This is another piece for instrument and live/pre-recorded electronics. It uses quite a lot of extended techniques, and requires the flautist to speak as well as play. I think it’s quite hard! The electronics are based on a very complicated Csound system I
wasted spent about a year and a half developing, which allowed me to build up thick granular sound ‘clouds’, based on the harmonic series, from single (flute) sounds. I quite like the sounds this produces – I might make a Max patch to do the same thing one of these days. Here’s what I wrote at the time:
The flautist and the tape are speaking in the same language – a language made up of the sounds of the flute and the voice – but are saying completely different things. Although the tape is made entirely from flute and voice sounds, it is essentially abstract, a landscape of sculpted forms, cold, and at times almost violently un-human.
The flautist explores this landscape, following a winding path of free material, almost improvisatory in character. In contrast to the tape, the flute part concentrates very much on the human qualities of performance. Many sections exhibit all-too human qualities of nervousness, panic and hysteria, with the flautist’s voice being used to theatrical, melodramatic effect; others however are calm and dreamlike.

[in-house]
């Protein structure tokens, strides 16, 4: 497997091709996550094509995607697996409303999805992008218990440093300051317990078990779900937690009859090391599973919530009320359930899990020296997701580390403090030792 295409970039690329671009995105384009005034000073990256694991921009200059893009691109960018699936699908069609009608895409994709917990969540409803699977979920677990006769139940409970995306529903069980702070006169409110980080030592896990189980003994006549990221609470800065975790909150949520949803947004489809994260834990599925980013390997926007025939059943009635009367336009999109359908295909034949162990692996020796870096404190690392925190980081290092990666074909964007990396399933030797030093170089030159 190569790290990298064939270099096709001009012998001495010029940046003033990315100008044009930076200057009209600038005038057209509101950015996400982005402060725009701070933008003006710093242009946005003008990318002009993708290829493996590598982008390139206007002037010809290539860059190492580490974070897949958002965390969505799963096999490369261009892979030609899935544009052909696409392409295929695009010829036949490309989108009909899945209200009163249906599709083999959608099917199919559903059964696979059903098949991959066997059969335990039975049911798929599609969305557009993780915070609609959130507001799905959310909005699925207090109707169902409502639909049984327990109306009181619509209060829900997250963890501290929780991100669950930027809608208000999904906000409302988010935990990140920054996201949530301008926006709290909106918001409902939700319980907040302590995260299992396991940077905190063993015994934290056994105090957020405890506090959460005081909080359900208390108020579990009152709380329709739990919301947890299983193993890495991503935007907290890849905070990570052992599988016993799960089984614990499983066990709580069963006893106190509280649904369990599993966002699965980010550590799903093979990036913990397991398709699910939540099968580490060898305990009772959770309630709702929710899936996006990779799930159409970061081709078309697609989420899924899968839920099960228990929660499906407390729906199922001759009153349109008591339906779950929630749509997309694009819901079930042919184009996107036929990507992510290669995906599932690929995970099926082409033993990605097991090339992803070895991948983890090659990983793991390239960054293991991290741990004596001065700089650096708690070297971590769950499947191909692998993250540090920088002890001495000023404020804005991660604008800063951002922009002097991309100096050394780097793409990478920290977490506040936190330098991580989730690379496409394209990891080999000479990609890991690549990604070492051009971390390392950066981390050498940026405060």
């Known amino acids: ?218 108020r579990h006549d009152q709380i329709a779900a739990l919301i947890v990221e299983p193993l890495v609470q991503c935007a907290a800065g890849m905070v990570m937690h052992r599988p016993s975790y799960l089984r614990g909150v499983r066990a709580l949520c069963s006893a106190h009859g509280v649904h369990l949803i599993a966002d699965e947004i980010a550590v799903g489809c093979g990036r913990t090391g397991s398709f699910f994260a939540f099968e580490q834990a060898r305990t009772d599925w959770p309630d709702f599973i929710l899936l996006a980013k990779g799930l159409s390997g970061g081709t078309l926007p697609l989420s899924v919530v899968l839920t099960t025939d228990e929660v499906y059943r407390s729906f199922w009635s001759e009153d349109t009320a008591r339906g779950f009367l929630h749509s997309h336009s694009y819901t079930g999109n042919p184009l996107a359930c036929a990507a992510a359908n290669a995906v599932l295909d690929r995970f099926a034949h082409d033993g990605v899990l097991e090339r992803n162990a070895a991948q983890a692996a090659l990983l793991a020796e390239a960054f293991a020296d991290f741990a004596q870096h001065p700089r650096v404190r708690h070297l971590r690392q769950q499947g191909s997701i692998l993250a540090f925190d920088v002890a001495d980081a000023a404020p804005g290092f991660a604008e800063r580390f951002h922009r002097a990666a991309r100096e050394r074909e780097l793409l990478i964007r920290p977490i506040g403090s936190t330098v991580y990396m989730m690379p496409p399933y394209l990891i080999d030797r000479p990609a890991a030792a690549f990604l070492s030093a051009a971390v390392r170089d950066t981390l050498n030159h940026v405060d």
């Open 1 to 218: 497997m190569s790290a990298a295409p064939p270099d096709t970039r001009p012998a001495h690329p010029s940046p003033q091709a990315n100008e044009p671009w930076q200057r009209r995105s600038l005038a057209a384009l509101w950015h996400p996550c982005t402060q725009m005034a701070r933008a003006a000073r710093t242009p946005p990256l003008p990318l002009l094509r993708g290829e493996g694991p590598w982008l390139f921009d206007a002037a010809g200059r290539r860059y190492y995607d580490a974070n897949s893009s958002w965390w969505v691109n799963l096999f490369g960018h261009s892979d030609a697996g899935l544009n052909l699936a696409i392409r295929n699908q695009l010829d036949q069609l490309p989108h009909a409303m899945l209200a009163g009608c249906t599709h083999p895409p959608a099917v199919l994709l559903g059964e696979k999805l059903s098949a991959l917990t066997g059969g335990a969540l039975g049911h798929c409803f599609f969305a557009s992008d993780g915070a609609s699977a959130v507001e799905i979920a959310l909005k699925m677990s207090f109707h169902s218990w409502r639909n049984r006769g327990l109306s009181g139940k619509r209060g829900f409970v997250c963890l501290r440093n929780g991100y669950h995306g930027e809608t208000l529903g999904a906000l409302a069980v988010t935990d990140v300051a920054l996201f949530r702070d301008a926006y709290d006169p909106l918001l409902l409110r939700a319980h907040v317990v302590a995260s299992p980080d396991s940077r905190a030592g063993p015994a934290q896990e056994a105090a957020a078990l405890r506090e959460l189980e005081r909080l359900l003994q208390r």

Electronic amplification is used to ‘zoom-in’ on the flute, to reveal a secret inner world of breath sounds, clicking keys, and mysterious whistling tones. The live electronics similarly function as a kind of microscope, picking out elements of the flute part and magnifying them out of proportion.
• Written for flautist John Wesley-Barker, who gave the premiere performance.
• Premiere performed with BEAST, as part of the rumours series, at the Midlands Arts Centre in Birmingham (It is a recording of this concert that is heard here).
• Several subsequent performances with BEAST.
• Won third prize in the mixed category of the Concorso Luigi Russolo (Varèse,Italy).
• This (live) recording performed by Dave Jervis (flute) and Tim Cooper (electronics), May 2011